To my friend Brother Lawrence,
Greetings from the digital era. You’ll be pleased to know you have your own Wikipedia page now and you’ve managed to impact my daily routine despite living a partially concealed life of service in 17th-century Paris. Consider this a round of applause for living your life well and teaching me a few things.
You’re wondering how we met. Someone preserved your testimony by recalling conversations with you and compiling them along with letters into a little treasure chest called The Practice of the Presence of God. It’s been a while since I read it but I seem to recall that he didn’t ask your permission; he likely waited until you died and couldn’t protest. The thought makes me giggle. It was Father Joseph de Beaufort (who, for the record, does not have any Wikipedia love.) Now the world has the pleasure of peering into your heart through the pages of your book.
Your life was not much in the eyes of the world, hardly glamorous. You spent time bustling in a kitchen as a priory cook, preparing meals and cleaning. Apparently you did so with reverent humility and peace because you saw every dimension of your work as an opportunity to serve God. We both know the pace of a busy kitchen. You obviously had a lot of time to practice over the years.
Your tranquil presence caused people to wonder what set you apart. You made it clear: there was no work separate from prayer. You were spending quality time with God in each passing moment of everyday life. He was at work in your heart, imparting wisdom and pouring out love.
I am not a priory cook but some days it seems I hardly leave the kitchen. This season of motherhood is a mosaic of sticky spills, food scraps, dirty dishes and hungry children. Despite my best efforts there is also Lego constantly scattered across the kitchen floor (which I have not washed in days, let’s be honest.) It feels like relative chaos is the norm most afternoons. Over time it gets to me. It’s not a pleasant working environment and some days it feels like I can’t wait for “the other real stuff” to begin.
It wasn’t always like this. I used to pride myself on culinary gymnastics and keeping my kitchen orderly. Now the menus are humble. Sometimes the kitchen is contained but mostly it’s not. I’m learning to be okay with the pandemonium. The evidence is all over my home around 3:00pm.
Containing the mess monopolized my free moments when Isaac was young. I’m talking both literal and metaphorical messes. Clutter was everywhere. I mourned the loss of quality time in solitude and prayer. I felt guilty, like I was disappointing God or hiding. I believed a lie. I remember asking my pastor Carol to pray for me and she lovingly did so, recognizing my longing for communion. She then reminded me that God was pleased with me and the work I was doing with Isaac and though I might not spend time with Him as I once did, He was not absent and I was not out of His sight. He loves you deeply, she said. This was a mighty encouragement. This got the ball rolling in the right direction.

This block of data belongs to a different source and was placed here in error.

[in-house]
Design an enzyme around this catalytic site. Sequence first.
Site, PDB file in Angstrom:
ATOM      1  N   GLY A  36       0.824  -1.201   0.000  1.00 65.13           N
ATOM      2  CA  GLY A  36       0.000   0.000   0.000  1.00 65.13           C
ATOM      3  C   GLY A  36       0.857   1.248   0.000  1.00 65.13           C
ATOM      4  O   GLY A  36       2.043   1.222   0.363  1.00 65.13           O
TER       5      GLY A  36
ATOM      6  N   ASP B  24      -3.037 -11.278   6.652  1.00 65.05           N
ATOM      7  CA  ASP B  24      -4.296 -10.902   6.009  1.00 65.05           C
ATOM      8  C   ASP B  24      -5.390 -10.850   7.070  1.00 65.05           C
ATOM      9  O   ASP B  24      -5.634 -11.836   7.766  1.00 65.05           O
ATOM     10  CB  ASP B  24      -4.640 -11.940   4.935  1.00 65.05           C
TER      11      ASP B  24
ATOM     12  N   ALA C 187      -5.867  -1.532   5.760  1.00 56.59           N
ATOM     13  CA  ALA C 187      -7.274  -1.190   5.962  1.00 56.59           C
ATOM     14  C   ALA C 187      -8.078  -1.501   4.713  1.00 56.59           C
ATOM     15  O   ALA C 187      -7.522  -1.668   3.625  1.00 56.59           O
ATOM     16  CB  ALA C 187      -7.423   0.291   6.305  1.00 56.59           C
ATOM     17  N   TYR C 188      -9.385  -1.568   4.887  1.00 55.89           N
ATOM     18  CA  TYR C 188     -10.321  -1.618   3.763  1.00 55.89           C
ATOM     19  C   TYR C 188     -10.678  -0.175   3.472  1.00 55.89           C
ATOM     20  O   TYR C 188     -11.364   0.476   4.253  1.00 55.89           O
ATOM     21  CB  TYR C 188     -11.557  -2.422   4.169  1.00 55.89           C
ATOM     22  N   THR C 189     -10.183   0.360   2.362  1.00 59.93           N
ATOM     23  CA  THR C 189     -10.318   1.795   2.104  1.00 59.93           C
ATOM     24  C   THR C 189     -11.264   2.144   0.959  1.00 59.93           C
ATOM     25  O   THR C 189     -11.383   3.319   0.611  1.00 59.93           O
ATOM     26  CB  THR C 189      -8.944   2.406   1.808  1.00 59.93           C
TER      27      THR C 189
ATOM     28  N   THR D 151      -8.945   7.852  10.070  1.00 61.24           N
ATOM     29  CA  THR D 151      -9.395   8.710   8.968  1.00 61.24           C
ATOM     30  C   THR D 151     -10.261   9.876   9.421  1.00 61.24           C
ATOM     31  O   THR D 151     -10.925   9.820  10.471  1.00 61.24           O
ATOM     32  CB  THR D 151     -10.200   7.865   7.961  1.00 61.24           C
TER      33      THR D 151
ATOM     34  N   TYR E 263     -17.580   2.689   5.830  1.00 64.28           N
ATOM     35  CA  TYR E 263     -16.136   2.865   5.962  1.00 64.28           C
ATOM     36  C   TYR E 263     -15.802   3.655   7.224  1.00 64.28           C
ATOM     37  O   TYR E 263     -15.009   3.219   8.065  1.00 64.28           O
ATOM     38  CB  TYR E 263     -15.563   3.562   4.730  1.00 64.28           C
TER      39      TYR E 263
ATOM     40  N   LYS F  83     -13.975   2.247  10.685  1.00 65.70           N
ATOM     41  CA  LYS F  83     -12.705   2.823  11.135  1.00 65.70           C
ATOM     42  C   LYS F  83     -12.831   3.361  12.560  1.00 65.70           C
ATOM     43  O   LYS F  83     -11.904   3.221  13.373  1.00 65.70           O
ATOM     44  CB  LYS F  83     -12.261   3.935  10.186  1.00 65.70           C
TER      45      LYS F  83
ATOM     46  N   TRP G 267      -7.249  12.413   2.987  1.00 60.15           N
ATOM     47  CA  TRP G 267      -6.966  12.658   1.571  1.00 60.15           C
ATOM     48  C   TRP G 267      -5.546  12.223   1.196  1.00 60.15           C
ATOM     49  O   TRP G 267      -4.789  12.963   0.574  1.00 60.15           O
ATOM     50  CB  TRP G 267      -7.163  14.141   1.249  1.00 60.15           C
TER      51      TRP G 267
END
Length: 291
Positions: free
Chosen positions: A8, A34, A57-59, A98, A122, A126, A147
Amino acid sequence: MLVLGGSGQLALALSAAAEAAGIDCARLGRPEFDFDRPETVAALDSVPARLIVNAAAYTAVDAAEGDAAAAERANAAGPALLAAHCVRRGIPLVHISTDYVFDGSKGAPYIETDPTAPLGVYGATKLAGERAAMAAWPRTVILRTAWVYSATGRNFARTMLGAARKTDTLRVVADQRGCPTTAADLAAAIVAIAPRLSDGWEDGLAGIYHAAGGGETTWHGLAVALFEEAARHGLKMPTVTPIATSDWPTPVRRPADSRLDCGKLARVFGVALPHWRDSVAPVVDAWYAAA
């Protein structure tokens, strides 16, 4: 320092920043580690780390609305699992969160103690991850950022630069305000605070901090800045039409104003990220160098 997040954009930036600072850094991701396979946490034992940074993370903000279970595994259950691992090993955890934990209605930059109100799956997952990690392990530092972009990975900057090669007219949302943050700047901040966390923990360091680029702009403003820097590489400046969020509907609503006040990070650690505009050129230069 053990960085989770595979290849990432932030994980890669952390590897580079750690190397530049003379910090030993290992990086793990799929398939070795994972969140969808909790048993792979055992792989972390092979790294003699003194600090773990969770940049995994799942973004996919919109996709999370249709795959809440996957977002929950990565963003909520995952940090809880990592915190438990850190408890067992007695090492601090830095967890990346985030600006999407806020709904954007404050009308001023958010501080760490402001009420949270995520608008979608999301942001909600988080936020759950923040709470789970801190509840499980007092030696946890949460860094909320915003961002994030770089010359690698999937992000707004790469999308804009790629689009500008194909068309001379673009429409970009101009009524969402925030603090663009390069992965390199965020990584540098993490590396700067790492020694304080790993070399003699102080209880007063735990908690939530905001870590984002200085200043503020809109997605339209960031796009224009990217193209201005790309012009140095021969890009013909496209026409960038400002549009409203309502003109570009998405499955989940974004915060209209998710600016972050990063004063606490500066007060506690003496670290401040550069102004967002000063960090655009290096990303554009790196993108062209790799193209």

Then I eventually met you, Brother Lawrence.
You taught me to redesign my household operations. Now I see them as opportunities to spend time with God and serve others in the midst of the trodden Cheerios. I’m also learning to see myself reflected in the state of my kitchen. I can look at the hot mess and proclaim, “Yes, you’re filthy. But the work is not over!” Then I tidy it up and offer up a hearty, “Hallelujah! My kitchen has been redeemed!” and pour myself a drink. The never-ending cycle reminds me that God is also forever at work in my spirit – His kitchen – tidying, trimming, polishing, rearranging, pitching the waste and producing hearty things worth sharing. I like to think that God and I are sharing counter space and having a laugh.
This way of life does indeed take practice. I’ve realized that in the seasons when my mind and heart ricochet from God, all that is necessary is a simple “Sorry, Lord, I’m back” and not a long-winded journal entry full of self-deprecating drivel. That’s not what God wants to hear. God just wants my company and he doesn’t mind the mess. My time in the kitchen is not lost time. Thank you for showing me that.
I do plan on publishing books but it’s nice to know that if something prevents that from happening, someone else might finish the job on my behalf. I doubt my insights will resonate with people centuries down the line but I guess either way I’ll never know. Who cares, right?
Okay. The kitchen’s calling. Goodnight.